Suboxone, the DEA and Opioid REMS

Karen Lee Richards Health Guide
  • In June I told you about the FDA developing “Risk Evaluation and Mitigation Strategies” (REMS) to put tighter controls on the use of opioid medications.  (See URGENT: FDA May Remove or Limit Access to Opioid Pain Medications)  One of the strategies being considered is requiring doctors to have special education and certification in order to prescribe each type of opioid medication. 

    One medication that is already being treated this way is Suboxone.  Suboxone is a combination of buprenorphine and naloxone and is used to treat opioid dependence and/or addiction.  Buprenorphine is an opiod medication similar to other opioids such as morphine, however, it produces less euphoric effects.  Naloxone blocks the effects of opioids – although when taken under the tongue as directed, it does not affect the action of the buprenorphine.  

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    Currently, physicians who want to prescribe Suboxone are required to receive special training in how to administer it.  This training usually consists of a one-day course after which the doctor is authorized by the DEA to prescribe Suboxone.  This all sounds reasonable.  What could possibly be wrong with physicians being trained to properly prescribe a new medication? 

    What is wrong is that now the DEA apparently feels free to intimidate and harass these doctors.  Recently the DEA sent a letter to many of the authorized physicians notifying them that the agency was developing plans to inspect their medical practice.  The letter told them if they wanted to discontinue prescribing the drug, all they had to do was fill out the enclosed form.  However, if they chose to continue prescribing Suboxone, they were to fill out a questionnaire and prepare for an inspection.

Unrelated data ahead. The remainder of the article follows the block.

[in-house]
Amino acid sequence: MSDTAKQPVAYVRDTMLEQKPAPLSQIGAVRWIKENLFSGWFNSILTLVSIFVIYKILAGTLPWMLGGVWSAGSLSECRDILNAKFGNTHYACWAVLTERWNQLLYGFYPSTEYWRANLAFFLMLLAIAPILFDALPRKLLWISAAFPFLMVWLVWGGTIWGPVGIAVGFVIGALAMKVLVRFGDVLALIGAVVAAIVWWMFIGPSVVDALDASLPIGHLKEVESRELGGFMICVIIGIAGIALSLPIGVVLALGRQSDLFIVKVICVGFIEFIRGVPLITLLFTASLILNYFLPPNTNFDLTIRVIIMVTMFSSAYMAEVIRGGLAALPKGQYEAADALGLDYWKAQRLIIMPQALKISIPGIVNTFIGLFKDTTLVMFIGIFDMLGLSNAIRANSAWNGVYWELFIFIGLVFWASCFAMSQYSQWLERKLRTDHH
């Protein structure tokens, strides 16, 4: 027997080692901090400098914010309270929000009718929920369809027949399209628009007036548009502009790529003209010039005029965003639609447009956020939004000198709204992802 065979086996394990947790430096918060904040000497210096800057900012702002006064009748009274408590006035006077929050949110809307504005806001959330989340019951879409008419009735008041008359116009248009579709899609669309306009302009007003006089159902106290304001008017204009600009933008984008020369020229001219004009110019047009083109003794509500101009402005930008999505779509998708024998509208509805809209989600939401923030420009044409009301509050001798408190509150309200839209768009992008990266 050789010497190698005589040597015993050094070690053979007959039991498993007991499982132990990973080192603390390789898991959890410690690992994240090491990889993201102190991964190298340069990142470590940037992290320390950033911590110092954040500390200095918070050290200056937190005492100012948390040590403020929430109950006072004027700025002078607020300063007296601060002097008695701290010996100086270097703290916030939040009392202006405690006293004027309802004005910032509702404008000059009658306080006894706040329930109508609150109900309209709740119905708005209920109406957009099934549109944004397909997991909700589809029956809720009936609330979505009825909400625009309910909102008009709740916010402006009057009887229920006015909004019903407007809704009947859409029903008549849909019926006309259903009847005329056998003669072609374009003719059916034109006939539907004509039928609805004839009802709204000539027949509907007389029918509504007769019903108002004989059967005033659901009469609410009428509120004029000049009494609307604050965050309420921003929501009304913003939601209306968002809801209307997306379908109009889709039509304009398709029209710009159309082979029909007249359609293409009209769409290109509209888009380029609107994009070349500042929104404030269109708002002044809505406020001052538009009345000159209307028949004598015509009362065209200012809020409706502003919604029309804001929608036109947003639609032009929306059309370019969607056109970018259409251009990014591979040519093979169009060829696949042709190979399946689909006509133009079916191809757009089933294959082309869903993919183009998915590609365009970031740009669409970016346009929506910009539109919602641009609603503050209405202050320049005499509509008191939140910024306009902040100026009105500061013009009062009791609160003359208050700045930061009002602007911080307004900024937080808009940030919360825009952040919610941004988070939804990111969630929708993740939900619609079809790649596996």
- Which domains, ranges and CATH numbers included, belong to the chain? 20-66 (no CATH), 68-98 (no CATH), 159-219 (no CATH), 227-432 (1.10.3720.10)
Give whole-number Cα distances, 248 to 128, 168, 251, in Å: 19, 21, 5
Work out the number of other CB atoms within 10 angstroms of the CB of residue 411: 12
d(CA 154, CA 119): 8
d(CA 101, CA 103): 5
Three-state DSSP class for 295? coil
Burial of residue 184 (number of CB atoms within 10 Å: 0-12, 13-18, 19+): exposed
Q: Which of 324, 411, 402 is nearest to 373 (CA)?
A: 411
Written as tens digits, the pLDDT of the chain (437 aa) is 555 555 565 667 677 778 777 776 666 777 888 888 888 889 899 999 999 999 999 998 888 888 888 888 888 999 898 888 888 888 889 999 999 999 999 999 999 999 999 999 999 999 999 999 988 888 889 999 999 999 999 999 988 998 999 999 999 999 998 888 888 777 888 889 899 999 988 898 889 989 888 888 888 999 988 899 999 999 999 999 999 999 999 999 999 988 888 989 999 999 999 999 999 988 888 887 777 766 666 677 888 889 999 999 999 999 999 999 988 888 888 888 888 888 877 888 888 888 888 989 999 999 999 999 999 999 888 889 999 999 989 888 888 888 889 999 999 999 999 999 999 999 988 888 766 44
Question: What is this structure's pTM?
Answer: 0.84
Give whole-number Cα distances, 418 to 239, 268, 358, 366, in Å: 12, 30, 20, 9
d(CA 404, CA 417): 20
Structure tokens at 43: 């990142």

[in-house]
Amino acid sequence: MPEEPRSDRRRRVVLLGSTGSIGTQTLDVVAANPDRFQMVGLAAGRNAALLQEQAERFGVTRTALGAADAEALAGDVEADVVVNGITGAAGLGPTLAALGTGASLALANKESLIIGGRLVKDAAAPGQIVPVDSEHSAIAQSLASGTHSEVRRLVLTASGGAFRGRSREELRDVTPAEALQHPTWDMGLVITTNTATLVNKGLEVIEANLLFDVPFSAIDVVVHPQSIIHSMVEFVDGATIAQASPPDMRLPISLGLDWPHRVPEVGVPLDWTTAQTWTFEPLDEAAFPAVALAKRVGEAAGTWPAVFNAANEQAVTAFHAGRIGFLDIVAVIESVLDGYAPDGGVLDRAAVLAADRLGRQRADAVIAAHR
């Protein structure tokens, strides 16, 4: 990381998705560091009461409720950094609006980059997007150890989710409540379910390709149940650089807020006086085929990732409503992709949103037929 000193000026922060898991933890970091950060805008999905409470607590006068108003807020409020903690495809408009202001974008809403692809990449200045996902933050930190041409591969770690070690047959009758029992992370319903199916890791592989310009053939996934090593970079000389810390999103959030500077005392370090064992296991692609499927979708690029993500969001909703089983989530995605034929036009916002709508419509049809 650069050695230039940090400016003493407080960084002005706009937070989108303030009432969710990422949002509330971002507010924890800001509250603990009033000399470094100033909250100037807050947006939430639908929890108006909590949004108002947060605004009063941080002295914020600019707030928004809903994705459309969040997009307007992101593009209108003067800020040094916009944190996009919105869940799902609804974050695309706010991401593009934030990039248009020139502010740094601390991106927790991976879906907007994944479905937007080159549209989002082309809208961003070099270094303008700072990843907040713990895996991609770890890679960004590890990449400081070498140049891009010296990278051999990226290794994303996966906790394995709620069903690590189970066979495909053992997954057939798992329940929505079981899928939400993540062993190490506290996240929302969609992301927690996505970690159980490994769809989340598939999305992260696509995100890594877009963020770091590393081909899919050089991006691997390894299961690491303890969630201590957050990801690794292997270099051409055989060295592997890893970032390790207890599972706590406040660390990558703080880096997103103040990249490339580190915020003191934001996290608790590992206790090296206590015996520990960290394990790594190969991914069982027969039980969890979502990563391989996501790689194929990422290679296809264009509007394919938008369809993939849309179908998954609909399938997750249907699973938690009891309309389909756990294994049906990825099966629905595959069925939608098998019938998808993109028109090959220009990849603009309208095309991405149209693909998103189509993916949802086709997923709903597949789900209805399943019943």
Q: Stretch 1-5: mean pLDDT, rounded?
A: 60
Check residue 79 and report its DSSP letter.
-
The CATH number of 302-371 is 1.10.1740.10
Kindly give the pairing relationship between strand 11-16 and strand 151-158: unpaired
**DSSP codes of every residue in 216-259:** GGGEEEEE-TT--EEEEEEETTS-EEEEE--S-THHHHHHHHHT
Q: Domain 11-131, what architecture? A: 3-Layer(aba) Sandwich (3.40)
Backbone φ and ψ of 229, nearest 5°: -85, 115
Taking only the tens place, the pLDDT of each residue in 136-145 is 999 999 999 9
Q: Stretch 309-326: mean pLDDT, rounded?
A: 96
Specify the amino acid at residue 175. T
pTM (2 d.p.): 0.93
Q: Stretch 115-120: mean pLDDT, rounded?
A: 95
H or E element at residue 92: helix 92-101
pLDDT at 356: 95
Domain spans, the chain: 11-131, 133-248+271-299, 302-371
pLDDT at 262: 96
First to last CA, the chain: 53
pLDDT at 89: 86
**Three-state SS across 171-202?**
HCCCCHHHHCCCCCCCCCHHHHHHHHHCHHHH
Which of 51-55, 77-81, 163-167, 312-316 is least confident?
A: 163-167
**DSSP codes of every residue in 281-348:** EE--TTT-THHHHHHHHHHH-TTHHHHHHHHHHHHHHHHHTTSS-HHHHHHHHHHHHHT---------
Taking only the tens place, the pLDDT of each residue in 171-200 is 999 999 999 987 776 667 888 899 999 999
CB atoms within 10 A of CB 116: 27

No one knows yet how many physicians will decide to opt out and stop prescribing Suboxone because it's just not worth putting up with the DEA's intrusion into their practices.  But it would be hard to fault them for doing so. 

    What's even more scary is that Suboxone is a medication designed to help people break a dependence on or addiction to other opioids.  If the DEA is so intrusive with Suboxone, how much worse will they be with other opioids under REMS initiatives?  There are already a lot of doctors who refuse to prescribe any kind of opioid medications because of fear of the DEA.  How many more will join their ranks if the restrictions are tightened even further? 

    Physicians who are doing their best to help their patients should not have to fear being second quessed, and possibly even prosecuted, for it.  Doctors who spend their time and money to receive special training that will benefit their patients should be thanked and encouraged, not threatened and discouraged. 

    Although the government may not fully appreciate them, I do.  I want to take this opportunity to thank each and every doctor who cares enough and is courageous enough put quality care of their patients first.  We need you and appreciate you.



  • Source:  Leavitt, MA, PhD, S.B. (2009, October 4). The DEA and Opioid REMS – An Intimidating Future?. Retrieved from

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Published On: October 14, 2009